If I had a blog, today I would write about dinosaurs. I am currently reading a book called, “My Beloved Brontosaurus,” by Brian Switek. The author takes my dream trip around the world, visiting the sites where the most significant dinosaur discoveries were made, bringing us amateur paleontologists up to date on the latest finds. Sadly, to both myself and the author, Brontosaurus no longer exists. He has been reclassified as Apatosaurus, but I have to say, I love him still. It has been forty-plus years since I first entered the world of the “Thunder Lizard” and I find creatures prehistoric as fascinating today as I did back then.
Dinosaurs were my first true love. From the age of four, I was captivated by these ancient giants and, as always, I dove into my idée fixe with heart and soul. My parents were more than supportive and I remember with great clarity my favorite dino toy: A Jurassic landscape, complete with plastic cliffs, swamp, and a multitude of plastic dinosaurs. Despite the fact that my diorama included cave-men, a fact that made me very upset, I spent hours arranging my Brontosaurus, T-Rex, stegosaurus, dimetradon, triceratops, pterodactyl, and other favorites as they went about their life of hunting and being hunted. Everyone in the family knew about my obsession, but they only asked once what my career path would be.
“So you’re going to be an archaeologist?” a well-meaning relative would ask.
“No,” I would reply, with four-year-old indignation, “I am going to be a paleontologist. It’s quite different you know.” Enough said.
Down the years, my plans changed and I graduated college with a degree of psychology instead of paleontology. But nonetheless, my interest in dinosaurs remained. When my parents bought our farm on the Little Piney River, I did my research and found that the Missouri Ozarks is still rich in prehistoric remains. This part of the country was once an inland sea and rocks found in our creeks and rivers contain fossils of the ancient creatures who inhabited the watery world. After the seas receded and the ice-age ended, central Missouri was home to many prehistoric mammals: Horses, mammoths, great bears, and even sloths roamed field and forest. During the Middle and Late Woodland Periods (500-1000 CE), nomadic peoples roamed this area, subsisting as hunter-gatherers, making their temporary homes in the caves and limestone overhangs that are common in this area.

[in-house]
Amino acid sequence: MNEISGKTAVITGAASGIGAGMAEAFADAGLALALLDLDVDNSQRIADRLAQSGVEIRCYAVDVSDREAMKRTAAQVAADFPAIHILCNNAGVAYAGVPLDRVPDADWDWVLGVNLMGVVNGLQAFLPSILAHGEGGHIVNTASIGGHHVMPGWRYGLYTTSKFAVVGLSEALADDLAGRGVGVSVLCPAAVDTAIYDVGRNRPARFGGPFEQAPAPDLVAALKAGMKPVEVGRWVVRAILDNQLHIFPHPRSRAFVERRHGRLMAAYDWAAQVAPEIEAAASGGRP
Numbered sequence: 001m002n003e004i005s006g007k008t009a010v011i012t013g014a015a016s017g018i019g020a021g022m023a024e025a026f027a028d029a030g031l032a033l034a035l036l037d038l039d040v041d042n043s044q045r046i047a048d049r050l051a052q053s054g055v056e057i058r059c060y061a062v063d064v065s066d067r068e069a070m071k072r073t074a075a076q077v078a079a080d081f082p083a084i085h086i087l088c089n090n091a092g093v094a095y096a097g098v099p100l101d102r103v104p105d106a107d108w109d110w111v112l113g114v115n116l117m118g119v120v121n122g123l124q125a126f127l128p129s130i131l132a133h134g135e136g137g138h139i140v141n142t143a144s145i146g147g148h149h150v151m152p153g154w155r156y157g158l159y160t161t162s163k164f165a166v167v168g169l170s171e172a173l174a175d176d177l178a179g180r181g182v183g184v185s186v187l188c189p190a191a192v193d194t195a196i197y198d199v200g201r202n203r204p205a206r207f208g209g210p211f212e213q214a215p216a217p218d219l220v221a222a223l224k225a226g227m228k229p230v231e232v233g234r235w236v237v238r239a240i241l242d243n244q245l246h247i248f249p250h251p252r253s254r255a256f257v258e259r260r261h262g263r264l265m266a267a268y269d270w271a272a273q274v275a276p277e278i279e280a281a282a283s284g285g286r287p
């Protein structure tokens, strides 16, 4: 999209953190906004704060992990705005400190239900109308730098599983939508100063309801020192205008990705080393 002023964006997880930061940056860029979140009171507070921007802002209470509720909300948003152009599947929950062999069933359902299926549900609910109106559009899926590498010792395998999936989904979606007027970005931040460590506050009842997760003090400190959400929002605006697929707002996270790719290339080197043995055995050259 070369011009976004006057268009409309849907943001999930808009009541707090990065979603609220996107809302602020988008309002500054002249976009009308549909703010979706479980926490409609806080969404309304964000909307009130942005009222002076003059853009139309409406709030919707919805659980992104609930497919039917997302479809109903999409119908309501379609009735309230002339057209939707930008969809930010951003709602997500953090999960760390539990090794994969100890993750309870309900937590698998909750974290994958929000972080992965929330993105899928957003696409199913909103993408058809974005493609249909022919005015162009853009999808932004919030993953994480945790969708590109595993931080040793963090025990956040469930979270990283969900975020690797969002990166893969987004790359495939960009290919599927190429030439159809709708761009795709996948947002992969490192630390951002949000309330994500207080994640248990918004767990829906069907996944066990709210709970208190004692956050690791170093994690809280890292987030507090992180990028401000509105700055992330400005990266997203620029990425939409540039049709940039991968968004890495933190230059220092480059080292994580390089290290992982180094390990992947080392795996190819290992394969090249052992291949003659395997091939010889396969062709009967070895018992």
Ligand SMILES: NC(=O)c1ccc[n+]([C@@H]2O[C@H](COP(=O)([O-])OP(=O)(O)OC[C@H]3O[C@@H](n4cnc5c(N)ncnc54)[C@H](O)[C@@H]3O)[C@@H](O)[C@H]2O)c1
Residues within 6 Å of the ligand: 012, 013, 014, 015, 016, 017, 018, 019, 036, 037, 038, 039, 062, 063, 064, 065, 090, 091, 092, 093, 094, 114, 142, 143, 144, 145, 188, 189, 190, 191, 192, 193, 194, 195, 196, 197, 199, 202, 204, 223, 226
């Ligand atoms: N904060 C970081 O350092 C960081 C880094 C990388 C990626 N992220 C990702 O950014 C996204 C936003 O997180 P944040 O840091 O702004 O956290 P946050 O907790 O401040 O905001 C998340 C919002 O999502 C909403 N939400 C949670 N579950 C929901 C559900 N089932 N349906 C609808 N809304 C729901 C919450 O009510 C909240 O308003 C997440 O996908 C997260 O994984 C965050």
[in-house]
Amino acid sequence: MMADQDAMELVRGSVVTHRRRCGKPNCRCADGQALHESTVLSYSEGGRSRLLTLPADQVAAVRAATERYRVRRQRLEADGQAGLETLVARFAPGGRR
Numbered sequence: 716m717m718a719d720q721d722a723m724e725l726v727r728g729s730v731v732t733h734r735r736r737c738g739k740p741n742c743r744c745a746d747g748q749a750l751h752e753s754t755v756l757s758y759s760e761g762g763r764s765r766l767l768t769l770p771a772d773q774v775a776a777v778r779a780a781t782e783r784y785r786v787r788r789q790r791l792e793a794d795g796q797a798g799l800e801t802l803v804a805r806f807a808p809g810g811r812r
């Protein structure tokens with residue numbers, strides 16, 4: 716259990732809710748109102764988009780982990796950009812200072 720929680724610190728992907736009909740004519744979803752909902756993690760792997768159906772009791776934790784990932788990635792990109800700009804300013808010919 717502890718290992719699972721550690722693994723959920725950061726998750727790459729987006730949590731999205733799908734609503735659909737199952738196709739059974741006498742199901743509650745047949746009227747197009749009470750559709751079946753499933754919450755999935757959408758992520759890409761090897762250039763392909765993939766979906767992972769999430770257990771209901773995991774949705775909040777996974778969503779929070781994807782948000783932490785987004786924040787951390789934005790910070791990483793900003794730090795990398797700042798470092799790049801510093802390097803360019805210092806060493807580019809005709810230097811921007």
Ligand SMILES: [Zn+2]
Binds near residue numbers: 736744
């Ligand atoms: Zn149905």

With loupes and geology picks in hand, Mom and I began searching for fossils along our stretch of the river. We may not have discovered a new species of dinosaur, but our efforts were soon rewarded. At first we found a multitude of fossils from small sea creatures called crinoids and snail-like mollusks called ammonites, which dwelt here more than 60 million years ago. My best find is the fossilized tooth of a paleo-horse, dated at over 2-million years old. Mom and I were thrilled at our discoveries, small as they were. Then we found the cave.